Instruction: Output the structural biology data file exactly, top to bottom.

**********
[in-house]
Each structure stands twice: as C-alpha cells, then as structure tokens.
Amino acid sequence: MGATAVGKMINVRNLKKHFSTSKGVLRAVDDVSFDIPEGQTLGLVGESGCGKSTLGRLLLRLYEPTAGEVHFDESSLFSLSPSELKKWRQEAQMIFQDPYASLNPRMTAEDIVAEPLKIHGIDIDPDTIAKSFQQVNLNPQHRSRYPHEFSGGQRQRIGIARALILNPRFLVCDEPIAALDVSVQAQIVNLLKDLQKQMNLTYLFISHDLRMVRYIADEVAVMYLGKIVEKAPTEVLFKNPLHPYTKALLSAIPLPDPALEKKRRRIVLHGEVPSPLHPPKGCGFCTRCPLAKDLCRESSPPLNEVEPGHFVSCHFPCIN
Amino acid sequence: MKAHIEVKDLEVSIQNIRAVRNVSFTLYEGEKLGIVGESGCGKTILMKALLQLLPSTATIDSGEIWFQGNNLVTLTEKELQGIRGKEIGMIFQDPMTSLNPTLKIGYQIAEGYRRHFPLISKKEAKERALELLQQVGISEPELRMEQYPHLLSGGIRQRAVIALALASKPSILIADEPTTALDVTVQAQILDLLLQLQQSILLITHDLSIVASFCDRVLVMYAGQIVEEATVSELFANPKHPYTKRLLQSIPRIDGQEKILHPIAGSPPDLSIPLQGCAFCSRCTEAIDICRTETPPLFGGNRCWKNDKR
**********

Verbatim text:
[in-house]
Each structure stands twice: as C-alpha cells, then as structure tokens.
Amino acid sequence: MGATAVGKMINVRNLKKHFSTSKGVLRAVDDVSFDIPEGQTLGLVGESGCGKSTLGRLLLRLYEPTAGEVHFDESSLFSLSPSELKKWRQEAQMIFQDPYASLNPRMTAEDIVAEPLKIHGIDIDPDTIAKSFQQVNLNPQHRSRYPHEFSGGQRQRIGIARALILNPRFLVCDEPIAALDVSVQAQIVNLLKDLQKQMNLTYLFISHDLRMVRYIADEVAVMYLGKIVEKAPTEVLFKNPLHPYTKALLSAIPLPDPALEKKRRRIVLHGEVPSPLHPPKGCGFCTRCPLAKDLCRESSPPLNEVEPGHFVSCHFPCIN
Amino acid sequence: MKAHIEVKDLEVSIQNIRAVRNVSFTLYEGEKLGIVGESGCGKTILMKALLQLLPSTATIDSGEIWFQGNNLVTLTEKELQGIRGKEIGMIFQDPMTSLNPTLKIGYQIAEGYRRHFPLISKKEAKERALELLQQVGISEPELRMEQYPHLLSGGIRQRAVIALALASKPSILIADEPTTALDVTVQAQILDLLLQLQQSILLITHDLSIVASFCDRVLVMYAGQIVEEATVSELFANPKHPYTKRLLQSIPRIDGQEKILHPIAGSPPDLSIPLQGCAFCSRCTEAIDICRTETPPLFGGNRCWKNDKR